The National Security Agency on Thursday denied using a doppelganger version of Facebook, saying it lacks the ability to do so and only conducts foreign intelligence operations that are "lawful and appropriate."
"NSA does not use its technical capabilities to impersonate U.S. company websites," the agency said in a statement. "Nor does NSA target any user of global Internet services without appropriate legal authority. Reports of indiscriminate computer exploitation operations are simply false."
The maligned federal agency was hit with a renewed wave of flogging Wednesday after a report by First Look Media said the NSA had at times "masqueraded as a fake Facebook server" in order to infect targeted computers with malware. Documents from 2009 provided by former NSA contractor Edward Snowden published in the report detailed a secret program called "Turbine" that was designed to hack into computers and gather data from foreign networks.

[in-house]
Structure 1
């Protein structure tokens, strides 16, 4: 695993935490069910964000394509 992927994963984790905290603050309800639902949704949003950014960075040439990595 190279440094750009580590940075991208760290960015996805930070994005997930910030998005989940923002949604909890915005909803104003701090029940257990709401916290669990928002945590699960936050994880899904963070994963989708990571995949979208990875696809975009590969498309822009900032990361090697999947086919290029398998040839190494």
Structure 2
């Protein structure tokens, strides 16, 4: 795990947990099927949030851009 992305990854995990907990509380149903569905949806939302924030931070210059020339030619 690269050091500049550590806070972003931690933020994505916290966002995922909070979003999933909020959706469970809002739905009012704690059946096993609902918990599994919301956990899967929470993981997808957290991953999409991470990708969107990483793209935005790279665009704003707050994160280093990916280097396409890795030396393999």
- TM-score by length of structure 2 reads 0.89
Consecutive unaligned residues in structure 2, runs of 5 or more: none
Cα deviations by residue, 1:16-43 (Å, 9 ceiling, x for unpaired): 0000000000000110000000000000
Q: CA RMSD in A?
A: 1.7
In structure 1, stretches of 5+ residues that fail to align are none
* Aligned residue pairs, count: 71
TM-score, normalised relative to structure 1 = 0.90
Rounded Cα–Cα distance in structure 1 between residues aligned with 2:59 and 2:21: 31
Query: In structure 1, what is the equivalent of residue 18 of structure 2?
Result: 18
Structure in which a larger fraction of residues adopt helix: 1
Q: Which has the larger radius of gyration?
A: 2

Nowhere in the NSA's statement, however, does it definitively state that the agency has never previously posed as another website for surveillance purposes. The agency is known for its carefully worded statements couched in qualifying language.
In response to the story, a Facebook spokesman told National Journal that the NSA could not currently spoof its site in the manner described in the First Look report because the site finished integrating secure communications protocol last year. But Facebook didn't rule out that such exploitation could have occurred in the past, when standard communications protocol was used.
The company additionally denied ever having evidence or knowledge of the spy program.
Earlier on Thursday, Facebook founder Mark Zuckerberg posted a public note on his page that criticized President Obama and his administration for its surveillance programs.